10/07/10 The Indiana State Department of Health says three additional human cases of West Nile virus have been reported in the state: one each in Lake, Marion and Morgan counties. Including these three new cases, there has been a total eight human cases of West Nile virus so far in 2010, with two each in Allen, Marion, and Porter counties, and one each in Lake and Morgan counties.  Additionally, mosquito groups in 54 counties have tested positive for West Nile virus.

“Although temperatures have been cooler lately, mosquitoes are still active,” said Jennifer House, DVM, veterinary epidemiologist at the Indiana State Department of Health.  “Until there is a hard freeze in your part of the state, there is still at risk of getting bitten by an infected mosquito, so people should continue to use insect repellents.”

Dr. House says the West Nile virus usually causes West Nile fever, a milder form of the illness, which can include fever, headache, body aches, swollen lymph glands, or a rash.  However, a small number of individuals will develop a more severe form of the disease with encephalitis, meningitis, or other neurological syndromes.  Although anyone can get West Nile virus, people over 50 are at greater risk for becoming seriously ill or even dying.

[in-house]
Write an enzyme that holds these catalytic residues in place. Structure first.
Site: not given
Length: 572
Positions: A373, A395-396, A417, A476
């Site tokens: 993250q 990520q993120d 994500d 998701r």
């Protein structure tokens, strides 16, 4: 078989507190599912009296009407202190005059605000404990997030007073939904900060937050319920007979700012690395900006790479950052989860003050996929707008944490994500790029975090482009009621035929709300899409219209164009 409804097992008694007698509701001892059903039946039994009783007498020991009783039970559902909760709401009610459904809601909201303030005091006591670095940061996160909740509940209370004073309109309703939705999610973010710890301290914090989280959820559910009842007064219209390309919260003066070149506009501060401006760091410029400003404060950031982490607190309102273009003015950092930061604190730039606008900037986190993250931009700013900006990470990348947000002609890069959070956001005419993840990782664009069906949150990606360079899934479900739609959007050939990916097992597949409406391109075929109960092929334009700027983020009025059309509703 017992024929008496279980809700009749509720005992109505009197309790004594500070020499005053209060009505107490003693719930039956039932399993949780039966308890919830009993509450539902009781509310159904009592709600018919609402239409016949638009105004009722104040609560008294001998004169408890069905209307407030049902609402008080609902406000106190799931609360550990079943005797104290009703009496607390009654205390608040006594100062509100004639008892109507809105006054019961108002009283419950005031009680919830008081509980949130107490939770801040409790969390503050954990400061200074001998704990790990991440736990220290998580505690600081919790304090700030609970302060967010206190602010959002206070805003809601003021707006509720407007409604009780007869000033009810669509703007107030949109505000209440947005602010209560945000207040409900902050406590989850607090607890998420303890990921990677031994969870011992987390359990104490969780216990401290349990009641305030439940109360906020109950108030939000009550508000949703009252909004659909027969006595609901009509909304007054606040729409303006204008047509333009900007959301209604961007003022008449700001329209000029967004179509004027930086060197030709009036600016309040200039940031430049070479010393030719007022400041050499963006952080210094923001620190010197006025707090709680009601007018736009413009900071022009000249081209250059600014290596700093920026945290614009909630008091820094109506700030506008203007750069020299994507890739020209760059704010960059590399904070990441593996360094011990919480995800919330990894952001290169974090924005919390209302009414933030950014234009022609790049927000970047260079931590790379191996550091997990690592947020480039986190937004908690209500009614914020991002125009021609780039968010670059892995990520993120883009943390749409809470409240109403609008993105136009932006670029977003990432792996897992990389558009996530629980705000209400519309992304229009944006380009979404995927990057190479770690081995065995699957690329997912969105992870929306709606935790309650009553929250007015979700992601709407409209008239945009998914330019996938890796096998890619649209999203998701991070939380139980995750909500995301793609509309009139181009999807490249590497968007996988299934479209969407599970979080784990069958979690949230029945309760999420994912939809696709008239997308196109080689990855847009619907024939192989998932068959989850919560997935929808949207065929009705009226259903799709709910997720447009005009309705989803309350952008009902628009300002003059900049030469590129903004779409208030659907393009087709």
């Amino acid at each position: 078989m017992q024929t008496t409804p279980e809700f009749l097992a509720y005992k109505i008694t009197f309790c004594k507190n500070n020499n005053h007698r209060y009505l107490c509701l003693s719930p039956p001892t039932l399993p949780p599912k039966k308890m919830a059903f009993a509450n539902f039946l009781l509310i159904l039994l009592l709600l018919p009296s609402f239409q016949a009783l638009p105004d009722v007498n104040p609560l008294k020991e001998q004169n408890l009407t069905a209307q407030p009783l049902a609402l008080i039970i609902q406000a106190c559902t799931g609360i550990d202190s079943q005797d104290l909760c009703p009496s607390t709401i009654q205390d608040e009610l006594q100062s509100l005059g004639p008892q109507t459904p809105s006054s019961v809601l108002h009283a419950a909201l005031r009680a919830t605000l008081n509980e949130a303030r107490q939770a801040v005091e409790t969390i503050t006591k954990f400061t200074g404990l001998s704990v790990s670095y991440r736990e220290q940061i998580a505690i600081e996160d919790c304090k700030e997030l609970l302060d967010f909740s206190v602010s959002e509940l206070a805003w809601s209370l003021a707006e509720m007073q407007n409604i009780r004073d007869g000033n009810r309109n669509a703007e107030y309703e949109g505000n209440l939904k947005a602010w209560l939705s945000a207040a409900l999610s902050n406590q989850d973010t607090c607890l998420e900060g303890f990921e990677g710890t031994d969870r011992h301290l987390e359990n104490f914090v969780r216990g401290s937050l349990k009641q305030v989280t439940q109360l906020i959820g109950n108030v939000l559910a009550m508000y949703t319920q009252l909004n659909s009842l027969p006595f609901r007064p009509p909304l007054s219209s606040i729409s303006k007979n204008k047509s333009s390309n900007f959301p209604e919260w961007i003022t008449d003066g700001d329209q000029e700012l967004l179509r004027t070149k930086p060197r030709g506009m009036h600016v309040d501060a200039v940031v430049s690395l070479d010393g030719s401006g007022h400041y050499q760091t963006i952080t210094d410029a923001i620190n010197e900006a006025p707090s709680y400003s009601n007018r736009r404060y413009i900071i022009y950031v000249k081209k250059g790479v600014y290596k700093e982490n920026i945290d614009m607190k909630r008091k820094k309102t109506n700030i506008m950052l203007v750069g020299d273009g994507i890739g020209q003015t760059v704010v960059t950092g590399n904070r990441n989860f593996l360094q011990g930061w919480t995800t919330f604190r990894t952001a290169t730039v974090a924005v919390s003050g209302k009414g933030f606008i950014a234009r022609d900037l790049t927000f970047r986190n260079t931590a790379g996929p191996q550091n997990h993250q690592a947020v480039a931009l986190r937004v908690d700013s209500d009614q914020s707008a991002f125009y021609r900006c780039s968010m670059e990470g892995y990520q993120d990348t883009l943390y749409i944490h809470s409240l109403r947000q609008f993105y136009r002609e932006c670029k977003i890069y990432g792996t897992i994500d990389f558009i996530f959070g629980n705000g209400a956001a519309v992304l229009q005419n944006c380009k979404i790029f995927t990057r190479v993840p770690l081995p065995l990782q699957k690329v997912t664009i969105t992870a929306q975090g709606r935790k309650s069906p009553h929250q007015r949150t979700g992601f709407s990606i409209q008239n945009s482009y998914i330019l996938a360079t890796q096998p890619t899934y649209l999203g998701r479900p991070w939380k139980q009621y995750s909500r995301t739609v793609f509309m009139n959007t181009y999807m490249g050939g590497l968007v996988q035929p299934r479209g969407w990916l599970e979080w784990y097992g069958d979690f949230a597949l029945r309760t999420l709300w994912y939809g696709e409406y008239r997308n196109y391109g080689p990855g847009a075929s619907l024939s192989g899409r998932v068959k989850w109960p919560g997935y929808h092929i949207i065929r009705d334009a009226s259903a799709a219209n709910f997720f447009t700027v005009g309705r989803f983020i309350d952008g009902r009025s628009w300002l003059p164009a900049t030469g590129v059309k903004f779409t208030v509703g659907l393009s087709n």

Dr. House urges homeowners to take the following steps:

  • Installing or repairing screens on windows and doors to keep mosquitoes out of the home;
  • Discarding old tires, tin cans, plastic containers, ceramic pots or other containers that can hold water;
  • Repairing failed septic systems;
  • Drilling holes in the bottom of recycling containers left outdoors;
  • Keeping grass cut short and shrubbery trimmed;
  • Cleaning clogged roof gutters, particularly if leaves tend to plug up the drains;
  • Frequently replacing the water in pet bowls;
  • Flushing ornamental fountains and birdbaths periodically; and
  • Aerating ornamental pools, or stock them with predatory fish.

“We need to remind Hoosiers there is no cure for West Nile virus and no human vaccine, but it is preventable,” said Dr. House.

For updates on this and other public health issues, follow the Indiana State Department of Health on Twitter at: www.twitter.com/INPublicHealth, or go online for more info at: www.statehealth.IN.gov